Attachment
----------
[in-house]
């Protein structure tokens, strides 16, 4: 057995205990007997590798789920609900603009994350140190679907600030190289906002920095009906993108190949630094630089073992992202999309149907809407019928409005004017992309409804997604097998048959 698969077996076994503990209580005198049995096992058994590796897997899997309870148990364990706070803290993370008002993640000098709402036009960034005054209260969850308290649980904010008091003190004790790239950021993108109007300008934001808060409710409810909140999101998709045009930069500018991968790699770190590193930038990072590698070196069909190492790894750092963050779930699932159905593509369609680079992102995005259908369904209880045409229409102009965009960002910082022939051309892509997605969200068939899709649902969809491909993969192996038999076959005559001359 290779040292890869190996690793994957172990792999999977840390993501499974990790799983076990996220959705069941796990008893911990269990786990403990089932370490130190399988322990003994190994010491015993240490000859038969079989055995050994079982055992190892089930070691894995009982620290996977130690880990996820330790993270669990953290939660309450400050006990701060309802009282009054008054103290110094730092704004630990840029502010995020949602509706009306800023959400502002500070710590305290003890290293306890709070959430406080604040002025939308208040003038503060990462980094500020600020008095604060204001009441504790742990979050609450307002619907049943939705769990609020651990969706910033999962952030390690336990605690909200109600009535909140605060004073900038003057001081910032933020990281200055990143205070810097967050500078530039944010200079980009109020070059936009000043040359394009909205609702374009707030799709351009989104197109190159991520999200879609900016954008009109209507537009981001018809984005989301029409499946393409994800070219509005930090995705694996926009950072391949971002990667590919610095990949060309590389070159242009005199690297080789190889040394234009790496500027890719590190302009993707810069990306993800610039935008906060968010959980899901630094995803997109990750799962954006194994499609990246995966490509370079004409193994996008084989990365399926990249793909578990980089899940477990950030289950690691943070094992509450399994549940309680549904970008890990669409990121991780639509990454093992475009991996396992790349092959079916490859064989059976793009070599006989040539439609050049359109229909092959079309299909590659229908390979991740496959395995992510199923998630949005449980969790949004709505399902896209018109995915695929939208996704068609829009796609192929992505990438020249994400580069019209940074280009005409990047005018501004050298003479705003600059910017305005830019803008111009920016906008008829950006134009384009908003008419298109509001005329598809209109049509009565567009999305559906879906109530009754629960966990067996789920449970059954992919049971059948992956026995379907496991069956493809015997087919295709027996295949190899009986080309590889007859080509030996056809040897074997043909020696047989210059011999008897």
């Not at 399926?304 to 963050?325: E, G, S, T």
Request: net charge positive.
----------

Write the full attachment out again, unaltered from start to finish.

[in-house]
């Protein structure tokens, strides 16, 4: 057995205990007997590798789920609900603009994350140190679907600030190289906002920095009906993108190949630094630089073992992202999309149907809407019928409005004017992309409804997604097998048959 698969077996076994503990209580005198049995096992058994590796897997899997309870148990364990706070803290993370008002993640000098709402036009960034005054209260969850308290649980904010008091003190004790790239950021993108109007300008934001808060409710409810909140999101998709045009930069500018991968790699770190590193930038990072590698070196069909190492790894750092963050779930699932159905593509369609680079992102995005259908369904209880045409229409102009965009960002910082022939051309892509997605969200068939899709649902969809491909993969192996038999076959005559001359 290779040292890869190996690793994957172990792999999977840390993501499974990790799983076990996220959705069941796990008893911990269990786990403990089932370490130190399988322990003994190994010491015993240490000859038969079989055995050994079982055992190892089930070691894995009982620290996977130690880990996820330790993270669990953290939660309450400050006990701060309802009282009054008054103290110094730092704004630990840029502010995020949602509706009306800023959400502002500070710590305290003890290293306890709070959430406080604040002025939308208040003038503060990462980094500020600020008095604060204001009441504790742990979050609450307002619907049943939705769990609020651990969706910033999962952030390690336990605690909200109600009535909140605060004073900038003057001081910032933020990281200055990143205070810097967050500078530039944010200079980009109020070059936009000043040359394009909205609702374009707030799709351009989104197109190159991520999200879609900016954008009109209507537009981001018809984005989301029409499946393409994800070219509005930090995705694996926009950072391949971002990667590919610095990949060309590389070159242009005199690297080789190889040394234009790496500027890719590190302009993707810069990306993800610039935008906060968010959980899901630094995803997109990750799962954006194994499609990246995966490509370079004409193994996008084989990365399926990249793909578990980089899940477990950030289950690691943070094992509450399994549940309680549904970008890990669409990121991780639509990454093992475009991996396992790349092959079916490859064989059976793009070599006989040539439609050049359109229909092959079309299909590659229908390979991740496959395995992510199923998630949005449980969790949004709505399902896209018109995915695929939208996704068609829009796609192929992505990438020249994400580069019209940074280009005409990047005018501004050298003479705003600059910017305005830019803008111009920016906008008829950006134009384009908003008419298109509001005329598809209109049509009565567009999305559906879906109530009754629960966990067996789920449970059954992919049971059948992956026995379907496991069956493809015997087919295709027996295949190899009986080309590889007859080509030996056809040897074997043909020696047989210059011999008897």
């Not at 399926?304 to 963050?325: E, G, S, T």
Request: net charge positive.